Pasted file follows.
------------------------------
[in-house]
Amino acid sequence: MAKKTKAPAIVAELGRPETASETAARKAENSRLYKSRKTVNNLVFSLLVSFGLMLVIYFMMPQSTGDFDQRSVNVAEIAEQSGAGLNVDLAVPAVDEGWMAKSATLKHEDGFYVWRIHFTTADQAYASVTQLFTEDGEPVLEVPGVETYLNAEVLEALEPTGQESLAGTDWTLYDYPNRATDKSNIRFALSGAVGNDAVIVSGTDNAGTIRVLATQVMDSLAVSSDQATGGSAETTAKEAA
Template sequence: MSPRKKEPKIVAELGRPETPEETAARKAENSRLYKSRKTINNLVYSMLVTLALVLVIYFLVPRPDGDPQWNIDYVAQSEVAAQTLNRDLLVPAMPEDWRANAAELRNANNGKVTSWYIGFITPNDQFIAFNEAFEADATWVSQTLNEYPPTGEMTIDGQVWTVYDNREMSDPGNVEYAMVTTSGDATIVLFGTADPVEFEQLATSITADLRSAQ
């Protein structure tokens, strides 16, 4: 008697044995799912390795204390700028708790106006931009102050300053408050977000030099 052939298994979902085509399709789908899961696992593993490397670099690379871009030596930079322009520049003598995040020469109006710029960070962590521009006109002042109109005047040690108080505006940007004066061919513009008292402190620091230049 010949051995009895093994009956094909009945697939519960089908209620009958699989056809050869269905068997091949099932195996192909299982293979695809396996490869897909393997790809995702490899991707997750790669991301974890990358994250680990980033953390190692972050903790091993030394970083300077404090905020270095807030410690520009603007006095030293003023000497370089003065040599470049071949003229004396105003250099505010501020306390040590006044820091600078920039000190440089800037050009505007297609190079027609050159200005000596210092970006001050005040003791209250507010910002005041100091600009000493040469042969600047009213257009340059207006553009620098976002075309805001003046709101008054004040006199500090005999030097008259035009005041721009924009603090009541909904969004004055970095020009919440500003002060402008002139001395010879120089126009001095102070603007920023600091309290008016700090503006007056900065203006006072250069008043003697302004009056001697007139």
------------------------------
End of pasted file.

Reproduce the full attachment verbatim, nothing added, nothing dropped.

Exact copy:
[in-house]
Amino acid sequence: MAKKTKAPAIVAELGRPETASETAARKAENSRLYKSRKTVNNLVFSLLVSFGLMLVIYFMMPQSTGDFDQRSVNVAEIAEQSGAGLNVDLAVPAVDEGWMAKSATLKHEDGFYVWRIHFTTADQAYASVTQLFTEDGEPVLEVPGVETYLNAEVLEALEPTGQESLAGTDWTLYDYPNRATDKSNIRFALSGAVGNDAVIVSGTDNAGTIRVLATQVMDSLAVSSDQATGGSAETTAKEAA
Template sequence: MSPRKKEPKIVAELGRPETPEETAARKAENSRLYKSRKTINNLVYSMLVTLALVLVIYFLVPRPDGDPQWNIDYVAQSEVAAQTLNRDLLVPAMPEDWRANAAELRNANNGKVTSWYIGFITPNDQFIAFNEAFEADATWVSQTLNEYPPTGEMTIDGQVWTVYDNREMSDPGNVEYAMVTTSGDATIVLFGTADPVEFEQLATSITADLRSAQ
């Protein structure tokens, strides 16, 4: 008697044995799912390795204390700028708790106006931009102050300053408050977000030099 052939298994979902085509399709789908899961696992593993490397670099690379871009030596930079322009520049003598995040020469109006710029960070962590521009006109002042109109005047040690108080505006940007004066061919513009008292402190620091230049 010949051995009895093994009956094909009945697939519960089908209620009958699989056809050869269905068997091949099932195996192909299982293979695809396996490869897909393997790809995702490899991707997750790669991301974890990358994250680990980033953390190692972050903790091993030394970083300077404090905020270095807030410690520009603007006095030293003023000497370089003065040599470049071949003229004396105003250099505010501020306390040590006044820091600078920039000190440089800037050009505007297609190079027609050159200005000596210092970006001050005040003791209250507010910002005041100091600009000493040469042969600047009213257009340059207006553009620098976002075309805001003046709101008054004040006199500090005999030097008259035009005041721009924009603090009541909904969004004055970095020009919440500003002060402008002139001395010879120089126009001095102070603007920023600091309290008016700090503006007056900065203006006072250069008043003697302004009056001697007139």